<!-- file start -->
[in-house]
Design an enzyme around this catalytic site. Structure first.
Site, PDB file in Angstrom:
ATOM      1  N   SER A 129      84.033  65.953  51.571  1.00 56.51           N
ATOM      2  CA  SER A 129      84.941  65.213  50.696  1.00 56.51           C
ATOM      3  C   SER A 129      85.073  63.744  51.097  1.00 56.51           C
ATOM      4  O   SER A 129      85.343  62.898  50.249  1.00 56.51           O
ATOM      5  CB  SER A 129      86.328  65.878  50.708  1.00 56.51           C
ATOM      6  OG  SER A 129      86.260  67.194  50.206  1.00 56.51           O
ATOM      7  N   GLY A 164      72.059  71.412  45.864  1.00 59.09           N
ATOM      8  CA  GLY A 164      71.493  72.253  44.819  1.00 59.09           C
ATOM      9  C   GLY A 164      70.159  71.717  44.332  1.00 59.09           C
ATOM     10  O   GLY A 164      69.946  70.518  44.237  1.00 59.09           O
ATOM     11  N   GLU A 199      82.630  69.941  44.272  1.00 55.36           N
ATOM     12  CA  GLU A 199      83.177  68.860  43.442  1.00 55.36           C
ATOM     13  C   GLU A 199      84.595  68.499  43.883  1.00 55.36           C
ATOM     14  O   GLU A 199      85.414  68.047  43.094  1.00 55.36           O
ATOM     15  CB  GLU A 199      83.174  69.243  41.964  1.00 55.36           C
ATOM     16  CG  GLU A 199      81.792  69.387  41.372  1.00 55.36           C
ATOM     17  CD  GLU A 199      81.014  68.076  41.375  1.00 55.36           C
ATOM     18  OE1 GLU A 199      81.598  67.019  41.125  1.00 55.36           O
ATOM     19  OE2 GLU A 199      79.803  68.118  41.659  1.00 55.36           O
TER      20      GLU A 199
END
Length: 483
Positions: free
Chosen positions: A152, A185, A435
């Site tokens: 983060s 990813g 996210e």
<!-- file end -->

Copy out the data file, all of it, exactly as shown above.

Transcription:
[in-house]
Design an enzyme around this catalytic site. Structure first.
Site, PDB file in Angstrom:
ATOM      1  N   SER A 129      84.033  65.953  51.571  1.00 56.51           N
ATOM      2  CA  SER A 129      84.941  65.213  50.696  1.00 56.51           C
ATOM      3  C   SER A 129      85.073  63.744  51.097  1.00 56.51           C
ATOM      4  O   SER A 129      85.343  62.898  50.249  1.00 56.51           O
ATOM      5  CB  SER A 129      86.328  65.878  50.708  1.00 56.51           C
ATOM      6  OG  SER A 129      86.260  67.194  50.206  1.00 56.51           O
ATOM      7  N   GLY A 164      72.059  71.412  45.864  1.00 59.09           N
ATOM      8  CA  GLY A 164      71.493  72.253  44.819  1.00 59.09           C
ATOM      9  C   GLY A 164      70.159  71.717  44.332  1.00 59.09           C
ATOM     10  O   GLY A 164      69.946  70.518  44.237  1.00 59.09           O
ATOM     11  N   GLU A 199      82.630  69.941  44.272  1.00 55.36           N
ATOM     12  CA  GLU A 199      83.177  68.860  43.442  1.00 55.36           C
ATOM     13  C   GLU A 199      84.595  68.499  43.883  1.00 55.36           C
ATOM     14  O   GLU A 199      85.414  68.047  43.094  1.00 55.36           O
ATOM     15  CB  GLU A 199      83.174  69.243  41.964  1.00 55.36           C
ATOM     16  CG  GLU A 199      81.792  69.387  41.372  1.00 55.36           C
ATOM     17  CD  GLU A 199      81.014  68.076  41.375  1.00 55.36           C
ATOM     18  OE1 GLU A 199      81.598  67.019  41.125  1.00 55.36           O
ATOM     19  OE2 GLU A 199      79.803  68.118  41.659  1.00 55.36           O
TER      20      GLU A 199
END
Length: 483
Positions: free
Chosen positions: A152, A185, A435
């Site tokens: 983060s 990813g 996210e």